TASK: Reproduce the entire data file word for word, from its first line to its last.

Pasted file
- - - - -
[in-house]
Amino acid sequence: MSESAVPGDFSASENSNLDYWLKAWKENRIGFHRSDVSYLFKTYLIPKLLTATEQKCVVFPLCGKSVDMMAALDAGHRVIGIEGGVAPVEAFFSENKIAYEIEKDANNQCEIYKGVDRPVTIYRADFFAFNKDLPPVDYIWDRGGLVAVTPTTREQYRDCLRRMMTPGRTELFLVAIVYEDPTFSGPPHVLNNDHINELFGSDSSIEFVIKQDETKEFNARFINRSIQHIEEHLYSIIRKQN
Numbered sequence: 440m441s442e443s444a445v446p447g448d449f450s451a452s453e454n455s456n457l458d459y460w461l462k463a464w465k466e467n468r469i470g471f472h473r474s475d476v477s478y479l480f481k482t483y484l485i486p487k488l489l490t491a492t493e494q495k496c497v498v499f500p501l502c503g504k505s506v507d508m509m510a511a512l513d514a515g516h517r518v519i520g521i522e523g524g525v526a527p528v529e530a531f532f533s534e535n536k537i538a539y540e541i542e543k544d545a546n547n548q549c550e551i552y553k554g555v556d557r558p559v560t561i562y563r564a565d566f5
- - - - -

[in-house]
Amino acid sequence: MSESAVPGDFSASENSNLDYWLKAWKENRIGFHRSDVSYLFKTYLIPKLLTATEQKCVVFPLCGKSVDMMAALDAGHRVIGIEGGVAPVEAFFSENKIAYEIEKDANNQCEIYKGVDRPVTIYRADFFAFNKDLPPVDYIWDRGGLVAVTPTTREQYRDCLRRMMTPGRTELFLVAIVYEDPTFSGPPHVLNNDHINELFGSDSSIEFVIKQDETKEFNARFINRSIQHIEEHLYSIIRKQN
Numbered sequence: 440m441s442e443s444a445v446p447g448d449f450s451a452s453e454n455s456n457l458d459y460w461l462k463a464w465k466e467n468r469i470g471f472h473r474s475d476v477s478y479l480f481k482t483y484l485i486p487k488l489l490t491a492t493e494q495k496c497v498v499f500p501l502c503g504k505s506v507d508m509m510a511a512l513d514a515g516h517r518v519i520g521i522e523g524g525v526a527p528v529e530a531f532f533s534e535n536k537i538a539y540e541i542e543k544d545a546n547n548q549c550e551i552y553k554g555v556d557r558p559v560t561i562y563r564a565d566f5